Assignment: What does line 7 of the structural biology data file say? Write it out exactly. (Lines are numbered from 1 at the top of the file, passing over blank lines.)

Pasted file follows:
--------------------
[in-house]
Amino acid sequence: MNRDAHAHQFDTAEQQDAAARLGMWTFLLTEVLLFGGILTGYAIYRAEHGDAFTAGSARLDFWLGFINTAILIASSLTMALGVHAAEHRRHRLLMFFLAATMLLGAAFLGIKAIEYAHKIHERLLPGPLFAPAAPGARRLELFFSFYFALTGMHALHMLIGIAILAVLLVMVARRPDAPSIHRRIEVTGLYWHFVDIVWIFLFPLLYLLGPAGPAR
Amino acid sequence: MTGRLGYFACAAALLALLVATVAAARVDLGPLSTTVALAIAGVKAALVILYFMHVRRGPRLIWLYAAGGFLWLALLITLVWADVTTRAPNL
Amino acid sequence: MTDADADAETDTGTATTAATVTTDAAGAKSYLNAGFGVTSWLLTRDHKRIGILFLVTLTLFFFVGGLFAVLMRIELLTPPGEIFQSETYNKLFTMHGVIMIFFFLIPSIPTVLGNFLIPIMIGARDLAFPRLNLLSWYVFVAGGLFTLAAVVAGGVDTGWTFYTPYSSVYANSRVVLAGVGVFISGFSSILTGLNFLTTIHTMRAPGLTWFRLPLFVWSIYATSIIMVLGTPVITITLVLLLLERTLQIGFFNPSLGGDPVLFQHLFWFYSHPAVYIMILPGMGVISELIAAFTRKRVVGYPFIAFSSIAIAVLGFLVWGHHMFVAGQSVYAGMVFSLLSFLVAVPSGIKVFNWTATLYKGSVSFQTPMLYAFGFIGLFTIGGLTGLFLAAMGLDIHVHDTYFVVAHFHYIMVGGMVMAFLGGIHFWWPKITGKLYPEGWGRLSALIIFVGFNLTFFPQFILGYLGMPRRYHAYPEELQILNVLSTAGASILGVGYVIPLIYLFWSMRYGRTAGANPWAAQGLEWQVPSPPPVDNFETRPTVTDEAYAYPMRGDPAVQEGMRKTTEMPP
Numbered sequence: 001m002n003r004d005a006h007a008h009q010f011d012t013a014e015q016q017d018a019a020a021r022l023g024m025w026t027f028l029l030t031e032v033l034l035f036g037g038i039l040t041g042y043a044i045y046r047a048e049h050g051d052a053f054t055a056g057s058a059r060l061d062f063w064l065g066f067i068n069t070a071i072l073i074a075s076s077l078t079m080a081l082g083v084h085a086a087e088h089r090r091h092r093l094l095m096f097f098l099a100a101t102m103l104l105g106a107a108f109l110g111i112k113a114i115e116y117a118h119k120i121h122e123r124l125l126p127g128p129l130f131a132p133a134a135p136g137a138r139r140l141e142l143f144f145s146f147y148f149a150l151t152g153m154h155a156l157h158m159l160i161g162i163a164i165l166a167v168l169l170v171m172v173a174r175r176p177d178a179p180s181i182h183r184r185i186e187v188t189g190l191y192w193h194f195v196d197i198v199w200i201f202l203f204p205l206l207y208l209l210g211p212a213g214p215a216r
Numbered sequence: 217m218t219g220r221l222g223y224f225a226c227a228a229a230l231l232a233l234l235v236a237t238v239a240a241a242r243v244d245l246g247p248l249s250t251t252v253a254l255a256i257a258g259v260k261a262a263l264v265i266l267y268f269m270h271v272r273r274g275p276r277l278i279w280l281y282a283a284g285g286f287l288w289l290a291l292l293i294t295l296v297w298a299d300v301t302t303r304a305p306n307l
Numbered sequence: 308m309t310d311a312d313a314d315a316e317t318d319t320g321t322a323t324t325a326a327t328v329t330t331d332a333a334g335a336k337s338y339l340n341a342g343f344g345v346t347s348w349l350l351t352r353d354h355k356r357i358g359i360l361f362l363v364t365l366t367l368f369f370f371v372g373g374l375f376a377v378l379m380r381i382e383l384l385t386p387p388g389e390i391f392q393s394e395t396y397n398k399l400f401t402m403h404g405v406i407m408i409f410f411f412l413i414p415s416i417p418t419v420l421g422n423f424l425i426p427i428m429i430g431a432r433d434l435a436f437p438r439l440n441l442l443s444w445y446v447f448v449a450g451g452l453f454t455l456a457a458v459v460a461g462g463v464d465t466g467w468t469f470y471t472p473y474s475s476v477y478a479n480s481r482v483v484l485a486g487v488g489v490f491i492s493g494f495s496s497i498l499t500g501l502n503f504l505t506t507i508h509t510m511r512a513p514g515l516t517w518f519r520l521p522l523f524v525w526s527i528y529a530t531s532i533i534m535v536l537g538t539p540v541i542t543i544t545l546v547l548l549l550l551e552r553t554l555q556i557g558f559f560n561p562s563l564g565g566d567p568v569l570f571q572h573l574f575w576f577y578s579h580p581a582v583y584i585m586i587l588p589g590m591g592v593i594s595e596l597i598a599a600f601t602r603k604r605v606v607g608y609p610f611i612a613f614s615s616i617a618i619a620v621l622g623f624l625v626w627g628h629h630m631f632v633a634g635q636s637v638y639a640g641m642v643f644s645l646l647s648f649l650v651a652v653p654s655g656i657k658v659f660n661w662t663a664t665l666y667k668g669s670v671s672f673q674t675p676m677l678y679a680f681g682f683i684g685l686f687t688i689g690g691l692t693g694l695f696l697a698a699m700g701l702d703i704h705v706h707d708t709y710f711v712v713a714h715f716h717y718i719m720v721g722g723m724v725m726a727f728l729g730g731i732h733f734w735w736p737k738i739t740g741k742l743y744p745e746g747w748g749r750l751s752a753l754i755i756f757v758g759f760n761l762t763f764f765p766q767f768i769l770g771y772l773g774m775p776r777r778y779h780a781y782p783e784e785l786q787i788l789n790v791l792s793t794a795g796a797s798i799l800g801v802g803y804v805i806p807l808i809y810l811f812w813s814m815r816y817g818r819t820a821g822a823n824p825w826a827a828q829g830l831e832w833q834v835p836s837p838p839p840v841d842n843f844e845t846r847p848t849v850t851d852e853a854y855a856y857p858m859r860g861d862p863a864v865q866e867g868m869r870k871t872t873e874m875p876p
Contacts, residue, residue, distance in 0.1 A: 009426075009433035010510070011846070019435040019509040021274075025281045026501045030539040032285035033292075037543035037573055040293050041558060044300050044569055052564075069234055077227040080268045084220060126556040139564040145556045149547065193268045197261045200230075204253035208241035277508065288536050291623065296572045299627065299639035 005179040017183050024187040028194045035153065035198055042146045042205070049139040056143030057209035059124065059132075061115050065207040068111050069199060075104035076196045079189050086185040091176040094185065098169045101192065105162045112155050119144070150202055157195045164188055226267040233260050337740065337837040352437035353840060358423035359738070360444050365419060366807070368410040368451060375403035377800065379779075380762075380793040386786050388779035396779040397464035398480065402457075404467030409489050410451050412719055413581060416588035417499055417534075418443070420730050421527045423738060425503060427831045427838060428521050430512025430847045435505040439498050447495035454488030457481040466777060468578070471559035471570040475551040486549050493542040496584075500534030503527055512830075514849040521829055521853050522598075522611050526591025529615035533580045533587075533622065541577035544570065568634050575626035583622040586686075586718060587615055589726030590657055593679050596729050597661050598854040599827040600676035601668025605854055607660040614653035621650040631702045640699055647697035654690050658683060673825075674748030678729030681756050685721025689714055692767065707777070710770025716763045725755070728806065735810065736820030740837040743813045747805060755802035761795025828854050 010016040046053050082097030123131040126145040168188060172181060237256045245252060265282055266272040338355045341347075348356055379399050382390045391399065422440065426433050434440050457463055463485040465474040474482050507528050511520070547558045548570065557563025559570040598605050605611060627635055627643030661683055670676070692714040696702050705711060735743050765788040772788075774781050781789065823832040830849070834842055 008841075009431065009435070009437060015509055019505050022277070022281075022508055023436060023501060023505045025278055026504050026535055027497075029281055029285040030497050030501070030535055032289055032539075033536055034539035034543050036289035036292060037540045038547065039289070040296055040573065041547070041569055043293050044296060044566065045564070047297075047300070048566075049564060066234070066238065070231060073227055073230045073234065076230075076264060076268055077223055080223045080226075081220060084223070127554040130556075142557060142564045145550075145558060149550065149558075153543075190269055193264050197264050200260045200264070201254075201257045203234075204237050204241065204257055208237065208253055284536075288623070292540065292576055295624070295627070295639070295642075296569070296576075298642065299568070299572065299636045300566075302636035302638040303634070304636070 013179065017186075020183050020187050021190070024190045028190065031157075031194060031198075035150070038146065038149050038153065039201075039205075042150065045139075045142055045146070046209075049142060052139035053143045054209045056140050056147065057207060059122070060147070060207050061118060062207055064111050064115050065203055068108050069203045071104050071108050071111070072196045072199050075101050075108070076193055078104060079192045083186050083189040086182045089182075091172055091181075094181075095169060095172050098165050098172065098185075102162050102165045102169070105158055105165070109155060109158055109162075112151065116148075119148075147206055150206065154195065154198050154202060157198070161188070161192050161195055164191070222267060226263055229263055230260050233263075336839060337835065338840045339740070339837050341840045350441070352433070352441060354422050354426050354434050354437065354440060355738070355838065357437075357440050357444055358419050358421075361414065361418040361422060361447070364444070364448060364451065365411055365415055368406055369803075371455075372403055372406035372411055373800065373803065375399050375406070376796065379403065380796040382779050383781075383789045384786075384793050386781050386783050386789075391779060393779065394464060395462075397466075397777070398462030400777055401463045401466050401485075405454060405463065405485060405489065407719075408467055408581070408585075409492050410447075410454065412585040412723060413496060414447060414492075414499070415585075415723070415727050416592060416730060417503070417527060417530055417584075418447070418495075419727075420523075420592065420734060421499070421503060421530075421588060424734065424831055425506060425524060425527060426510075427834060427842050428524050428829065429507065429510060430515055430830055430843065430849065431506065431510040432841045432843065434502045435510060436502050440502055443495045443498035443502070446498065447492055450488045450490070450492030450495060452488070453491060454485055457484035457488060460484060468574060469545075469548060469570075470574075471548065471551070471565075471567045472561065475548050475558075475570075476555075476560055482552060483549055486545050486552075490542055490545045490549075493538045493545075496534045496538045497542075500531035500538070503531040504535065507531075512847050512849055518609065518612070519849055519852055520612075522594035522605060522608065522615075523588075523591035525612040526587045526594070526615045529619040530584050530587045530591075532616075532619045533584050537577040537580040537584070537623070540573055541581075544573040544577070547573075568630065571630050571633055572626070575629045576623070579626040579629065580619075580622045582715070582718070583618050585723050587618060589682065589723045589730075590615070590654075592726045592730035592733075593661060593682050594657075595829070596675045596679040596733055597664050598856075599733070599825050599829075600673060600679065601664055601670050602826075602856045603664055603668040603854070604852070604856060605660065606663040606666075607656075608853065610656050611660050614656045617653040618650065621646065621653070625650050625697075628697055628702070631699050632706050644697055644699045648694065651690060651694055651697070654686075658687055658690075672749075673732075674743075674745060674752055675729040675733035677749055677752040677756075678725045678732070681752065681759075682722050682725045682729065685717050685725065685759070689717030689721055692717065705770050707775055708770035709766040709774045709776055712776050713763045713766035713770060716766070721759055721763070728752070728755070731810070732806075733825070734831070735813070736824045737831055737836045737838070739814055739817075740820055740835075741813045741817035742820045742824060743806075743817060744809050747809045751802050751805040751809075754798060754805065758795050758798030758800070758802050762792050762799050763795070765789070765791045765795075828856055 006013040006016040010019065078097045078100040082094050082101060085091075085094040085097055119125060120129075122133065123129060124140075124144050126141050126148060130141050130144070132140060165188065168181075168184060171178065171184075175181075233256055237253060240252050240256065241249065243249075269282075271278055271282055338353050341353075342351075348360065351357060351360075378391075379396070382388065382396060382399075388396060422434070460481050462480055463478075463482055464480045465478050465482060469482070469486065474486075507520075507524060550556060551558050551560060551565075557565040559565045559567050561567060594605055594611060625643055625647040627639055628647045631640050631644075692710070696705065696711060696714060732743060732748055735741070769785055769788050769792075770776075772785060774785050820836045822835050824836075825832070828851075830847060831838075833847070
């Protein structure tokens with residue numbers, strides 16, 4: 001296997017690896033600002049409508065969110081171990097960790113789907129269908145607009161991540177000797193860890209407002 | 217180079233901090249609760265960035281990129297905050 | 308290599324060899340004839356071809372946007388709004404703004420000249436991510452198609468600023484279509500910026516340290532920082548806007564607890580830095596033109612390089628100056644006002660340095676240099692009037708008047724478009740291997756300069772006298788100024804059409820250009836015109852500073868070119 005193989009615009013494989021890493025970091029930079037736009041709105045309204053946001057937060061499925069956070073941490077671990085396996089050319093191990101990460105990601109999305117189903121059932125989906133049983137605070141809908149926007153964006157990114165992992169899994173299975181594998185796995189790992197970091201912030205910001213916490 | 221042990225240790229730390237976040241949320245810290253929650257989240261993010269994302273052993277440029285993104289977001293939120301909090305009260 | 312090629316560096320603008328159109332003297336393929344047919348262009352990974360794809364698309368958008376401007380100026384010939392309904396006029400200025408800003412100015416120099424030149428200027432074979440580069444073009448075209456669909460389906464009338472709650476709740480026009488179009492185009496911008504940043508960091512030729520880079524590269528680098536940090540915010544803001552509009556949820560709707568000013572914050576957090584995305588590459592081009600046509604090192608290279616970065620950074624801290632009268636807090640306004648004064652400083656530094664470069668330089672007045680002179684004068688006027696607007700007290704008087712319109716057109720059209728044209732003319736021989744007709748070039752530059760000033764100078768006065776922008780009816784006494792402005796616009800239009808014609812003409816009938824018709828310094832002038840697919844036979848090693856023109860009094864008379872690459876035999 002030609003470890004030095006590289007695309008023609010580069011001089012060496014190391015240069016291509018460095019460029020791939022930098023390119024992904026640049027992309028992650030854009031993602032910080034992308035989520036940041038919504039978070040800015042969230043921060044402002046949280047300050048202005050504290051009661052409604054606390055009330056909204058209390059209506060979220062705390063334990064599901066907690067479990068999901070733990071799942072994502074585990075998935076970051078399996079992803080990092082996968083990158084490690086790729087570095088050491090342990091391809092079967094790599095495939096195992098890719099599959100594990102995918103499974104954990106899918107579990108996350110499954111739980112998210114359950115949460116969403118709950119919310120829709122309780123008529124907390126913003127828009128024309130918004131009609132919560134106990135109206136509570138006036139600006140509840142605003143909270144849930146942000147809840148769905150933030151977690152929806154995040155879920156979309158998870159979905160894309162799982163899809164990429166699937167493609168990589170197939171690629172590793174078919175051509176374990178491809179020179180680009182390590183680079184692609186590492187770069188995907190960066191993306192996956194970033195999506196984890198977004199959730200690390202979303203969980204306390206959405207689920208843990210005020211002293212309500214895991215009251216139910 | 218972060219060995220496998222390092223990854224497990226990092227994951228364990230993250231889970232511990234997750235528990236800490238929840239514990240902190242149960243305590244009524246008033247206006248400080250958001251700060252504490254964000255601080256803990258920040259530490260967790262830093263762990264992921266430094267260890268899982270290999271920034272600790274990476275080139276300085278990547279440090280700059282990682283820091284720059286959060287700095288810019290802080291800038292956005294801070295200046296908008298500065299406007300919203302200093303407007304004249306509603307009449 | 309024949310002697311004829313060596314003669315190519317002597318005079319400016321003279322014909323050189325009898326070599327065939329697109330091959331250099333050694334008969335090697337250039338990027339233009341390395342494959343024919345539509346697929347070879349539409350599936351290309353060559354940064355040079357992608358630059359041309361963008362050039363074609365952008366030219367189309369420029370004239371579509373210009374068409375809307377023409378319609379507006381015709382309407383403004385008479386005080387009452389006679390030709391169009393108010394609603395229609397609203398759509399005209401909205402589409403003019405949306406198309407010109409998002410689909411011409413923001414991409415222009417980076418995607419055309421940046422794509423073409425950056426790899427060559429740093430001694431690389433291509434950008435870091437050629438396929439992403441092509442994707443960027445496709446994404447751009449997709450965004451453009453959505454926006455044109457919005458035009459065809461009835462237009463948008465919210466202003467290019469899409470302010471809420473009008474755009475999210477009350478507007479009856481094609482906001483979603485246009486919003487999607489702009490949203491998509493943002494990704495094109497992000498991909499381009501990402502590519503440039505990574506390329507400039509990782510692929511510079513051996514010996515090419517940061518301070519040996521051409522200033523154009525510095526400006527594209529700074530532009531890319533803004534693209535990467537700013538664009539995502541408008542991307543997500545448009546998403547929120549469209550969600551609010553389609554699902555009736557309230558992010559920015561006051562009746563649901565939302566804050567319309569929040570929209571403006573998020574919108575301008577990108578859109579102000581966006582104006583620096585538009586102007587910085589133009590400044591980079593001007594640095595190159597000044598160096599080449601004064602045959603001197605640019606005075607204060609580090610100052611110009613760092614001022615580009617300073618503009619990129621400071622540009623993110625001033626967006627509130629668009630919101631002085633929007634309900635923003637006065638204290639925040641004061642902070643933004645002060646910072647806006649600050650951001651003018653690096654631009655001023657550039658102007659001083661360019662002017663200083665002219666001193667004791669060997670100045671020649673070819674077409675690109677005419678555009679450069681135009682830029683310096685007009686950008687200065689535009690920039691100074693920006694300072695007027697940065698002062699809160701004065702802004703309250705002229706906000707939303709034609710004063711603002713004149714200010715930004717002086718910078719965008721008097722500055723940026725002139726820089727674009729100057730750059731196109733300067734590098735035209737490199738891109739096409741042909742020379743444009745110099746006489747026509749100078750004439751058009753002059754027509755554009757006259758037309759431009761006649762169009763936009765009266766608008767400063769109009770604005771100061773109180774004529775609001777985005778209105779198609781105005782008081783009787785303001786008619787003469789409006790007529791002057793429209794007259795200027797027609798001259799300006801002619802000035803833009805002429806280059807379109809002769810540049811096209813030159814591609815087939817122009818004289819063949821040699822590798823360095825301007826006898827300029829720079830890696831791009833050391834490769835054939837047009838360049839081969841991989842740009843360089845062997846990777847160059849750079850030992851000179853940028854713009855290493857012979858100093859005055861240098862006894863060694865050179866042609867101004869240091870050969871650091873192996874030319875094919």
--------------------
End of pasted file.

Numbered sequence: 308m309t310d311a312d313a314d315a316e317t318d319t320g321t322a323t324t325a326a327t328v329t330t331d332a333a334g335a336k337s338y339l340n341a342g343f344g345v346t347s348w349l350l351t352r353d354h355k356r357i358g359i360l361f362l363v364t365l366t367l368f369f370f371v372g373g374l375f376a377v378l379m380r381i382e383l384l385t386p387p388g389e390i391f392q393s394e395t396y397n398k399l400f401t402m403h404g405v406i407m408i409f410f411f412l413i414p415s416i417p418t419v420l421g422n423f424l425i426p427i428m429i430g431a432r433d434l435a436f437p438r439l440n441l442l443s444w445y446v447f448v449a450g451g452l453f454t455l456a457a458v459v460a461g462g463v464d465t466g467w468t469f470y471t472p473y474s475s476v477y478a479n480s481r482v483v484l485a486g487v488g489v490f491i492s493g494f495s496s497i498l499t500g501l502n503f504l505t506t507i508h509t510m511r512a513p514g515l516t517w518f519r520l521p522l523f524v525w526s527i528y529a530t531s532i533i534m535v536l537g538t539p540v541i542t543i544t545l546v547l548l549l550l551e552r553t554l555q556i557g558f559f560n561p562s563l564g565g566d567p568v569l570f571q572h573l574f575w576f577y578s579h580p581a582v583y584i585m586i587l588p589g590m591g592v593i594s595e596l597i598a599a600f601t602r603k604r605v606v607g608y609p610f611i612a613f614s615s616i617a618i619a620v621l622g623f624l625v626w627g628h629h630m631f632v633a634g635q636s637v638y639a640g641m642v643f644s645l646l647s648f649l650v651a652v653p654s655g656i657k658v659f660n661w662t663a664t665l666y667k668g669s670v671s672f673q674t675p676m677l678y679a680f681g682f683i684g685l686f687t688i689g690g691l692t693g694l695f696l697a698a699m700g701l702d703i704h705v706h707d708t709y710f711v712v713a714h715f716h717y718i719m720v721g722g723m724v725m726a727f728l729g730g731i732h733f734w735w736p737k738i739t740g741k742l743y744p745e746g747w748g749r750l751s752a753l754i755i756f757v758g759f760n761l762t763f764f765p766q767f768i769l770g771y772l773g774m775p776r777r778y779h780a781y782p783e784e785l786q787i788l789n790v791l792s793t794a795g796a797s798i799l800g801v802g803y804v805i806p807l808i809y810l811f812w813s814m815r816y817g818r819t820a821g822a823n824p825w826a827a828q829g830l831e832w833q834v835p836s837p838p839p840v841d842n843f844e845t846r847p848t849v850t851d852e853a854y855a856y857p858m859r860g861d862p863a864v865q866e867g868m869r870k871t872t873e874m875p876p